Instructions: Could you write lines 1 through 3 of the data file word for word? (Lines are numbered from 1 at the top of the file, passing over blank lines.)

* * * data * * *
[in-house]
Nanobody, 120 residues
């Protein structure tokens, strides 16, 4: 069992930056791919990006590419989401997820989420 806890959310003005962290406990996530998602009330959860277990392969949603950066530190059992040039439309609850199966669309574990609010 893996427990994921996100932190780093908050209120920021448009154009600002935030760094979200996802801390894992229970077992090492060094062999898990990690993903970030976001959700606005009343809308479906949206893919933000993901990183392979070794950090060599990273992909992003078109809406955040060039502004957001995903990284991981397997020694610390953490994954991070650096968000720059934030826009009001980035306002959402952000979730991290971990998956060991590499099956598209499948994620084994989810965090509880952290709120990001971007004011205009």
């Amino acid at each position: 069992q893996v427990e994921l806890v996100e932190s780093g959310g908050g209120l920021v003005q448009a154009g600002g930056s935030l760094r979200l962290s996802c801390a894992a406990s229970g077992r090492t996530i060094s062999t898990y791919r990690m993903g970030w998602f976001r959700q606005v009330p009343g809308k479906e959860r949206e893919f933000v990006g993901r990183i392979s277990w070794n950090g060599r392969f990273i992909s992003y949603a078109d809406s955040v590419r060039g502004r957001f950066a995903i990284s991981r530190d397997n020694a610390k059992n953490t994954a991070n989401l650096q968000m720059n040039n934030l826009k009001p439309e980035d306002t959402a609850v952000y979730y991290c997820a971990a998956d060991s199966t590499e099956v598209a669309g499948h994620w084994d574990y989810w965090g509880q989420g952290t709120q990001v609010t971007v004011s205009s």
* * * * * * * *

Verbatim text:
[in-house]
Nanobody, 120 residues
């Protein structure tokens, strides 16, 4: 069992930056791919990006590419989401997820989420 806890959310003005962290406990996530998602009330959860277990392969949603950066530190059992040039439309609850199966669309574990609010 893996427990994921996100932190780093908050209120920021448009154009600002935030760094979200996802801390894992229970077992090492060094062999898990990690993903970030976001959700606005009343809308479906949206893919933000993901990183392979070794950090060599990273992909992003078109809406955040060039502004957001995903990284991981397997020694610390953490994954991070650096968000720059934030826009009001980035306002959402952000979730991290971990998956060991590499099956598209499948994620084994989810965090509880952290709120990001971007004011205009």